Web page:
Last Thursday, the first episode of the Gossip Girl reboot premiered on HBO Max. To say that I was excited was an understatement, considering I watched all six seasons of The CW’s 2007 version of Gossip Girl in less than two weeks.
Though there was some backlash online about whether or not a reboot was necessary, I was hopeful. By the looks of the promotions, the sets and costumes looked beautiful.
There were many reasons why I loved the original Gossip Girl, but I think most of its appeal was how out of touch everyone in the show was.
The original followed a wealthy group of high school friends that lived on the Upper East Side of New York and the scandals that surrounded them. From owning hotels to having an anonymous gossip account stalking them, their issues weren’t things that most teenagers had to deal with.
Everyone was rich and disconnected from society’s bigger problems, making it entertaining to watch. I felt like I was escaping to a separate world, one with its own rules and issues.
In the reboot, we’re introduced to a new cast of wealthy friends as well as a group of teachers who teach at Constance St. Jude's, the elite high school they all attend. The show takes place in a post-pandemic world.
The reboot was hard to watch, especially in the first half. In the original, the characters did all sorts of awful things that were brushed off. Although their morals were questionable, they kept things interesting.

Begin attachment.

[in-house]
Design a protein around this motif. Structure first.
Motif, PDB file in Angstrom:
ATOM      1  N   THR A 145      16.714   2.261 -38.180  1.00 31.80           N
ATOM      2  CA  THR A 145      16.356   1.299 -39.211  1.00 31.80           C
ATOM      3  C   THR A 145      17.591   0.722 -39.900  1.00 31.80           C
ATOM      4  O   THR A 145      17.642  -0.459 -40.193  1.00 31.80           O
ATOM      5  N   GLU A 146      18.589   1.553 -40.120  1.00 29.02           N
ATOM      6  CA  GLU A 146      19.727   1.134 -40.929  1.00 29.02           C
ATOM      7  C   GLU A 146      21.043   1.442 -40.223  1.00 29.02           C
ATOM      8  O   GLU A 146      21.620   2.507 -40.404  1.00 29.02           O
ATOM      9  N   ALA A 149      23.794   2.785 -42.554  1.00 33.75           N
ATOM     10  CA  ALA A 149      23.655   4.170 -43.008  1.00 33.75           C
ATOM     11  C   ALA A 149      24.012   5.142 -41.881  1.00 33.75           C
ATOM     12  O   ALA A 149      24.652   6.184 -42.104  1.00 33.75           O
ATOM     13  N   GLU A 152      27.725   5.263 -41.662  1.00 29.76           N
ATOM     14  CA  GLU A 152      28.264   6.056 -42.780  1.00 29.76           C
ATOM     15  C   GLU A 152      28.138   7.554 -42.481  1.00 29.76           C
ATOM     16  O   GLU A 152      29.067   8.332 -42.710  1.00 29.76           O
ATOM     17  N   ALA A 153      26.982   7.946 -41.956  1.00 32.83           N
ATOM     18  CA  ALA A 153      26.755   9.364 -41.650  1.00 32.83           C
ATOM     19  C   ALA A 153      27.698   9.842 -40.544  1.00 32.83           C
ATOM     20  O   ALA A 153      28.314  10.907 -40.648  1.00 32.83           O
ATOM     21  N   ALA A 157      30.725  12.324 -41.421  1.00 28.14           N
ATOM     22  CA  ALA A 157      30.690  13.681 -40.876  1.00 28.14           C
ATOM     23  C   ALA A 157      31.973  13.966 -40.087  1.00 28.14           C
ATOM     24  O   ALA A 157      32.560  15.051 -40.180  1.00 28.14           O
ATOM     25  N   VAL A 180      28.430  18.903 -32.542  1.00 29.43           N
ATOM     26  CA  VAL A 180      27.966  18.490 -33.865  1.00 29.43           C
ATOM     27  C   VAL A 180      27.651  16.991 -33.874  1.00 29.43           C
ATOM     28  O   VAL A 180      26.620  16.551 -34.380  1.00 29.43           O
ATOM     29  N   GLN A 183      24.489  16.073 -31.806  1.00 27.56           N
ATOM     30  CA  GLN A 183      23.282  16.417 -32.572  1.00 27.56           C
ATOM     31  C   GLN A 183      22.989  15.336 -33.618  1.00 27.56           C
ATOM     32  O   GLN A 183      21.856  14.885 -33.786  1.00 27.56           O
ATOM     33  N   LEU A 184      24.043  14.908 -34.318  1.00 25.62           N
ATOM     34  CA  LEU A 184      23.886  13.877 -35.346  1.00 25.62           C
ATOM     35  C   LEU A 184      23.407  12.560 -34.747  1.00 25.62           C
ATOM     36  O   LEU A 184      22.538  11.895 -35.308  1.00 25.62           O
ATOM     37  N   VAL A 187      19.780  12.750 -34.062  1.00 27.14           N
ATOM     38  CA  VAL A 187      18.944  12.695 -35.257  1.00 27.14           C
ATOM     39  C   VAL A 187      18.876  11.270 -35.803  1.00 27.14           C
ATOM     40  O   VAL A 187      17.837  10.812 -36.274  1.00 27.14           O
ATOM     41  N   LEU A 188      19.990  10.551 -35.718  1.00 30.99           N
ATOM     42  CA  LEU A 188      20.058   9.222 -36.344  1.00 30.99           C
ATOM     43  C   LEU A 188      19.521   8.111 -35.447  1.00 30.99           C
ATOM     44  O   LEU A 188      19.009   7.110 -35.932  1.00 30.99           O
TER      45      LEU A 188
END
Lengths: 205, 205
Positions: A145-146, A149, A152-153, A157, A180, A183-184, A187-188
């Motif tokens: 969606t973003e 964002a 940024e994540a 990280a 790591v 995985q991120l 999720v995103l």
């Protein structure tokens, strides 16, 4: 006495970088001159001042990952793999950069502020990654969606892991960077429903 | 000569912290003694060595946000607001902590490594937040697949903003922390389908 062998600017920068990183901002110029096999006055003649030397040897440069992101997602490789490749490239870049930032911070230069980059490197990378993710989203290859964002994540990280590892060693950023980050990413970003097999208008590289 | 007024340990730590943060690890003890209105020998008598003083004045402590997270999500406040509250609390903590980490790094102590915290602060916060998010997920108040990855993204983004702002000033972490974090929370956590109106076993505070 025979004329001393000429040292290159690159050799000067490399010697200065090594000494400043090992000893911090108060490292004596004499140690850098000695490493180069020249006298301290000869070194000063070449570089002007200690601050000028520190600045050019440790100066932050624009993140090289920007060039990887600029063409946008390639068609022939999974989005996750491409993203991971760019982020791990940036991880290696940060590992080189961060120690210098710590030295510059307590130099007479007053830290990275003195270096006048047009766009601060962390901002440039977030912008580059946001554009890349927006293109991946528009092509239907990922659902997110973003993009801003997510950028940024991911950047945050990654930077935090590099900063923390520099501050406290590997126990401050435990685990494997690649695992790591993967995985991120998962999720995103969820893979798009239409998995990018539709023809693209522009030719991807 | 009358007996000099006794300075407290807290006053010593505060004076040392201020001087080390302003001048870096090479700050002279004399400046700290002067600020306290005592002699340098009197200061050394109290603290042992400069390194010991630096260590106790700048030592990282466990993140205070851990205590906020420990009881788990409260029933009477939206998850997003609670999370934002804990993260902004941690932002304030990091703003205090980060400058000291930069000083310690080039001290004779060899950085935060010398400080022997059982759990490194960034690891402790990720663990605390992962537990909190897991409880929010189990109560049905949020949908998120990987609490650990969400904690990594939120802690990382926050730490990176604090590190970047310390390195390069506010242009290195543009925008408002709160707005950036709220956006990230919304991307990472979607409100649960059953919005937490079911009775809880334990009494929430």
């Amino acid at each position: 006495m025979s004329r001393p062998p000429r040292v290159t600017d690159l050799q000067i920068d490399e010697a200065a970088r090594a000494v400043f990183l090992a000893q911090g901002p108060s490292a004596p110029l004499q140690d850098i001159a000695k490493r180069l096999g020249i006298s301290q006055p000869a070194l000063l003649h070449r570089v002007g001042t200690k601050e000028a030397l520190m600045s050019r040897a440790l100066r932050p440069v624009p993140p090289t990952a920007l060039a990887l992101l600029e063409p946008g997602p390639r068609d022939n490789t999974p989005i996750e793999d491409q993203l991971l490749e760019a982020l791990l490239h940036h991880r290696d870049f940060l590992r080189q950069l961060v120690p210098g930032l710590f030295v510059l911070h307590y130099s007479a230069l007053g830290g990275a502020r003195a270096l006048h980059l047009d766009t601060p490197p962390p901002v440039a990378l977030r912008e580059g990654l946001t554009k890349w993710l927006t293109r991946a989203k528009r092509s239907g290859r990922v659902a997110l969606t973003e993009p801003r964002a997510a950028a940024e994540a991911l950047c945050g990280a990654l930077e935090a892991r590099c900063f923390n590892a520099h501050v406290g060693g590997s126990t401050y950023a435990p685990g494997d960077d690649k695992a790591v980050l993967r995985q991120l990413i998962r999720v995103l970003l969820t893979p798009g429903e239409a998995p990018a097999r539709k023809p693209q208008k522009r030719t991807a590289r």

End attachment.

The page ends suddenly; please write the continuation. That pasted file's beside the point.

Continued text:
We as the audience knew that the original characters were privileged and terrible without being told. In the reboot, all the surrounding issues are spelled out for us. The show is more aware than before, and while it could be considered educational, it was not very entertaining.
Within the first thirty minutes of the show, it was revealed that the teachers worked the gossip account as a means to keep control because teenagers were bullying them.
I hated the entire plotline with the teachers. It felt weird to watch a group of adults run a gossip account and stalk minors simply because they were threatened by the privilege of their own students and had nothing else to do.
I wish they had kept who Gossip Girl was anonymous. I think there’s an element of fun that comes with guessing who it is.
Despite not liking the first half of the episode much, the second half gets much better. It shifts most of the focus back on the students rather than the bitterness of their teachers.
It might be harsh to say I hate the show based on one episode. The plot was interesting enough, and if the teachers were cut out entirely, I might have liked it more.
However, I can’t imagine actively making an effort to watch this show. There are some elements that definitely intrigue me, but in the end, they couldn’t make up for everything else the show lacked.